Watch a collection of archived webinars and interviews by Monitor National Marine Sanctuary staff that help to tell the sanctuary's story.
Kid Power – How North Carolina Kids Took on Marine Debris
April 22, 2021
Jenna Hartley, North Carolina State University PhD student and Dr. Nancy Foster Scholar
Join Jenna Hartley, North Carolina State University PhD student and Dr. Nancy Foster Scholar, as she details her research project involving the power of young people as community change-agents on the topic of marine debris. Hear how 2,500 North Carolina 4th & 5th graders, across the state from the mountains to the sea, collected thousands of pounds of trash. Learn how they delivered creative presentations to the public and won over the hearts and minds of their local officials and politicians across the state. Also, get access to the freely-available educational marine debris curriculum used in the project, which was developed by the Duke University Marine Lab Community Science Initiative.
Jenna works for the North Carolina State University's Environmental Education lab, which focuses broadly on understanding and supporting positive human-nature relationships, particularly among children. They work to do research with and provide educational resources to educators within the state of North Carolina and beyond. Be sure to watch this webinar to hear about and be inspired by the young people today making waves on environmental issues in their local communities. This research has been supported by North Carolina Sea Grant.
Driven Ashore and Gone to Pieces – Beach Wrecks of North Carolina
April 20, 2021
Stephen Atkinson, Assistant State Archaeologist, North Carolina Underwater Archaeology Branch
Join Stephen Atkinson, Assistant State Archaeologist, as he explores the history behind the many beached shipwrecks that dot the North Carolina coastline. Learn the stories that tell us how they wrecked and the work done today to preserve their presence for future generations.
The North Carolina Underwater Archaeology Branch's beach wreck tagging program adopts the scuba centric mantra of "take only pictures, leave only bubbles" (or in this case, footprints!) and is intended to instill the notion of public stewardship of local archaeological sites. Discover the Underwater Archaeology Branch's past efforts in beach wreck cataloging, what they've been up to recently, and where their successful statewide partnerships will take them in the future.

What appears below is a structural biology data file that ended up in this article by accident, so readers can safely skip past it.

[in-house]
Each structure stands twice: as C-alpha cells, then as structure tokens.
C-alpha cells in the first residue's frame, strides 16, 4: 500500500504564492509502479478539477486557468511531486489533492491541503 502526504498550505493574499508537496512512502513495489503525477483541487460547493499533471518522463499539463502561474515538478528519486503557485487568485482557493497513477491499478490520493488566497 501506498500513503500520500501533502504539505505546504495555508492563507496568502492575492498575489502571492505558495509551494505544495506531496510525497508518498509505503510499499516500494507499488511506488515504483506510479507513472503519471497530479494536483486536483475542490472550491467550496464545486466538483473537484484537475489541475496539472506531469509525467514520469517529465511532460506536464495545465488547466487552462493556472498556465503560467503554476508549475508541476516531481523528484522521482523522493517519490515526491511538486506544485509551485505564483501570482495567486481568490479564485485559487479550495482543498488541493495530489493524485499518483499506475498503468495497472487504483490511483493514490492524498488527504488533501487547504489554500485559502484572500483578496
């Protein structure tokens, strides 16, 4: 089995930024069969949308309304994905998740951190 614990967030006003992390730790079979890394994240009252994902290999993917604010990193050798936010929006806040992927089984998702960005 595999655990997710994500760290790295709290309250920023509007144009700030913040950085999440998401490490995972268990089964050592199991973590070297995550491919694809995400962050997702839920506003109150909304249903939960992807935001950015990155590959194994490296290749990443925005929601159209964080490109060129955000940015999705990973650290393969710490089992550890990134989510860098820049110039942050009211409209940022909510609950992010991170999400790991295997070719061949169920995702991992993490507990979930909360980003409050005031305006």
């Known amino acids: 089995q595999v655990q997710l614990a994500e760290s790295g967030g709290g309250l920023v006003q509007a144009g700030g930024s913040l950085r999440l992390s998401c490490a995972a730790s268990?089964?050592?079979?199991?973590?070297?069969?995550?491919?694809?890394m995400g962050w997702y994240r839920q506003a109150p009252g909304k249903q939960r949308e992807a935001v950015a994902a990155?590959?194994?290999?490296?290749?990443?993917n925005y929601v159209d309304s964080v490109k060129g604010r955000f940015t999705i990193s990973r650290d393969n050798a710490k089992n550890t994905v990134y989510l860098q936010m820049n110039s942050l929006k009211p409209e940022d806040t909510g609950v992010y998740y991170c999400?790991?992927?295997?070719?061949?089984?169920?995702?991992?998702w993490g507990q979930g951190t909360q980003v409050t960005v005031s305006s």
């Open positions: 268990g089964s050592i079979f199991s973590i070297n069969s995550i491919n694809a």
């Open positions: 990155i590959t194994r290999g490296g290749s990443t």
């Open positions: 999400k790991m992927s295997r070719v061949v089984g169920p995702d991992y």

Science of Conservation
March 23, 2021
In this webinar Kimberly Kenyon, senior conservator for the Queen Anne's Revenge Shipwreck Project, shares why conservation is so critical to archaeology and some of the processes involved. Discover that archaeology does not end once an artifact is unearthed. Learn how following excavation, an object may require months or years of conservation before it is stable enough for further research or exhibit. See why this is particularly true of artifacts from a marine environment, such as those submerged in the waters off North Carolina's coast.
Oases for Marine Life - Shipwrecks in 3D
March 16, 2021
Join Dr. Avery Paxton, Research Associate with NOAA's Habitat Mapping Team, to explore North Carolina shipwrecks in 3D. Learn how for the past decade, Monitor National Marine Sanctuary (MNMS) and National Centers for Coastal Ocean Science (NCCOS) Beaufort Lab have led an effort off the coast of North Carolina to document shipwrecks from the Civil War to the Battle of the Atlantic that brought World War II to our shores. The research conducted by MNMS and NCCOS honors the sacrifices of all who worked, fought, and died in defense of freedom, as well as recognizing the role these nationally significant shipwrecks play in the region's health as habitat for marine ecosystems.
This presentation will highlight the role that shipwrecks play as oases for marine life and showcase advanced technologies that MNMS and NCCOS use, including echosounder surveys to create 3D visualizations of shipwrecks and the surrounding marine life. Along with collecting data to interpret this underwater battlefield, the project also demonstrates the significance of these shipwrecks as both ecological and historical wonders. This project is an example of NOAA offices collaborating to use their best assets to document the incredible maritime history and marine life off North Carolina's shores.